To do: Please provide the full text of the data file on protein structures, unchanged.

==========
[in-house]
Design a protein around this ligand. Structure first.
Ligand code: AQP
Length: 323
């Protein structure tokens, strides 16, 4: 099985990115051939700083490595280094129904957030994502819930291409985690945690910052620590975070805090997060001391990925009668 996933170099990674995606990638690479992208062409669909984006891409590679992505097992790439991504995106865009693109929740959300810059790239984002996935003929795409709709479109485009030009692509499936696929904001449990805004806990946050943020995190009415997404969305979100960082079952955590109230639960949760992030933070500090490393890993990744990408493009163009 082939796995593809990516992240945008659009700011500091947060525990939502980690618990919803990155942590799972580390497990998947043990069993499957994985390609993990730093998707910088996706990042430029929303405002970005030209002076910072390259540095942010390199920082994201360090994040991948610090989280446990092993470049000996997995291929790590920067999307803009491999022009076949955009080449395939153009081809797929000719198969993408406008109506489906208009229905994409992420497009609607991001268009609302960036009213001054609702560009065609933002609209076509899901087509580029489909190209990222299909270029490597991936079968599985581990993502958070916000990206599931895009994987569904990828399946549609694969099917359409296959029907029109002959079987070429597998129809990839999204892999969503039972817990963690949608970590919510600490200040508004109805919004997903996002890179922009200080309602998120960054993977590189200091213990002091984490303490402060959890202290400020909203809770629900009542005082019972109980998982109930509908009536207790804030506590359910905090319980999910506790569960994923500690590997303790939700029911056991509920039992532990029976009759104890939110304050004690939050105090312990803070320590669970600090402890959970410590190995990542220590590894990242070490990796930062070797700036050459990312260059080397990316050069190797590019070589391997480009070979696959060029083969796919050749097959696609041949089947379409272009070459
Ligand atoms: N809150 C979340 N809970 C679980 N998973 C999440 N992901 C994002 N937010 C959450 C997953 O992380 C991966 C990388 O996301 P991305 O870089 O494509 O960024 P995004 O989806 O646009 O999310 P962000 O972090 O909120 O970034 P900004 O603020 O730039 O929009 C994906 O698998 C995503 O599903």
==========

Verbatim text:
[in-house]
Design a protein around this ligand. Structure first.
Ligand code: AQP
Length: 323
């Protein structure tokens, strides 16, 4: 099985990115051939700083490595280094129904957030994502819930291409985690945690910052620590975070805090997060001391990925009668 996933170099990674995606990638690479992208062409669909984006891409590679992505097992790439991504995106865009693109929740959300810059790239984002996935003929795409709709479109485009030009692509499936696929904001449990805004806990946050943020995190009415997404969305979100960082079952955590109230639960949760992030933070500090490393890993990744990408493009163009 082939796995593809990516992240945008659009700011500091947060525990939502980690618990919803990155942590799972580390497990998947043990069993499957994985390609993990730093998707910088996706990042430029929303405002970005030209002076910072390259540095942010390199920082994201360090994040991948610090989280446990092993470049000996997995291929790590920067999307803009491999022009076949955009080449395939153009081809797929000719198969993408406008109506489906208009229905994409992420497009609607991001268009609302960036009213001054609702560009065609933002609209076509899901087509580029489909190209990222299909270029490597991936079968599985581990993502958070916000990206599931895009994987569904990828399946549609694969099917359409296959029907029109002959079987070429597998129809990839999204892999969503039972817990963690949608970590919510600490200040508004109805919004997903996002890179922009200080309602998120960054993977590189200091213990002091984490303490402060959890202290400020909203809770629900009542005082019972109980998982109930509908009536207790804030506590359910905090319980999910506790569960994923500690590997303790939700029911056991509920039992532990029976009759104890939110304050004690939050105090312990803070320590669970600090402890959970410590190995990542220590590894990242070490990796930062070797700036050459990312260059080397990316050069190797590019070589391997480009070979696959060029083969796919050749097959696609041949089947379409272009070459
Ligand atoms: N809150 C979340 N809970 C679980 N998973 C999440 N992901 C994002 N937010 C959450 C997953 O992380 C991966 C990388 O996301 P991305 O870089 O494509 O960024 P995004 O989806 O646009 O999310 P962000 O972090 O909120 O970034 P900004 O603020 O730039 O929009 C994906 O698998 C995503 O599903």